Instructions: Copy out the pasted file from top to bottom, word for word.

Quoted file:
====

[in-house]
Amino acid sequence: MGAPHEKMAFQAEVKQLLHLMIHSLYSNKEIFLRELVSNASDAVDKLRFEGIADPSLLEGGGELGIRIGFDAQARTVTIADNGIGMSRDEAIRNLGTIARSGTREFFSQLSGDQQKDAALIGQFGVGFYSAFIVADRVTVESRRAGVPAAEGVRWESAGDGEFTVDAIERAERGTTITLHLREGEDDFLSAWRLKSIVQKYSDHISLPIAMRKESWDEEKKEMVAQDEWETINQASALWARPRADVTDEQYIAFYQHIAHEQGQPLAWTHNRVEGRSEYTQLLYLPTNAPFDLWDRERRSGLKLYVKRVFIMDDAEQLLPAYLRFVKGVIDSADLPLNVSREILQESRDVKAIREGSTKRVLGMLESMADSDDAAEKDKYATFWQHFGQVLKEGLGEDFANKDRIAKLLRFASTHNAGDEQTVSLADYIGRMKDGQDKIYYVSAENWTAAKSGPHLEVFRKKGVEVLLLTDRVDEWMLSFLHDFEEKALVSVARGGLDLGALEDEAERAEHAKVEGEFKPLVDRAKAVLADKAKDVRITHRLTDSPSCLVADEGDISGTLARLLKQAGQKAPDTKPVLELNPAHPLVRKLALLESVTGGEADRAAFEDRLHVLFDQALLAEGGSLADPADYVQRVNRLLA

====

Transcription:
[in-house]
Amino acid sequence: MGAPHEKMAFQAEVKQLLHLMIHSLYSNKEIFLRELVSNASDAVDKLRFEGIADPSLLEGGGELGIRIGFDAQARTVTIADNGIGMSRDEAIRNLGTIARSGTREFFSQLSGDQQKDAALIGQFGVGFYSAFIVADRVTVESRRAGVPAAEGVRWESAGDGEFTVDAIERAERGTTITLHLREGEDDFLSAWRLKSIVQKYSDHISLPIAMRKESWDEEKKEMVAQDEWETINQASALWARPRADVTDEQYIAFYQHIAHEQGQPLAWTHNRVEGRSEYTQLLYLPTNAPFDLWDRERRSGLKLYVKRVFIMDDAEQLLPAYLRFVKGVIDSADLPLNVSREILQESRDVKAIREGSTKRVLGMLESMADSDDAAEKDKYATFWQHFGQVLKEGLGEDFANKDRIAKLLRFASTHNAGDEQTVSLADYIGRMKDGQDKIYYVSAENWTAAKSGPHLEVFRKKGVEVLLLTDRVDEWMLSFLHDFEEKALVSVARGGLDLGALEDEAERAEHAKVEGEFKPLVDRAKAVLADKAKDVRITHRLTDSPSCLVADEGDISGTLARLLKQAGQKAPDTKPVLELNPAHPLVRKLALLESVTGGEADRAAFEDRLHVLFDQALLAEGGSLADPADYVQRVNRLLA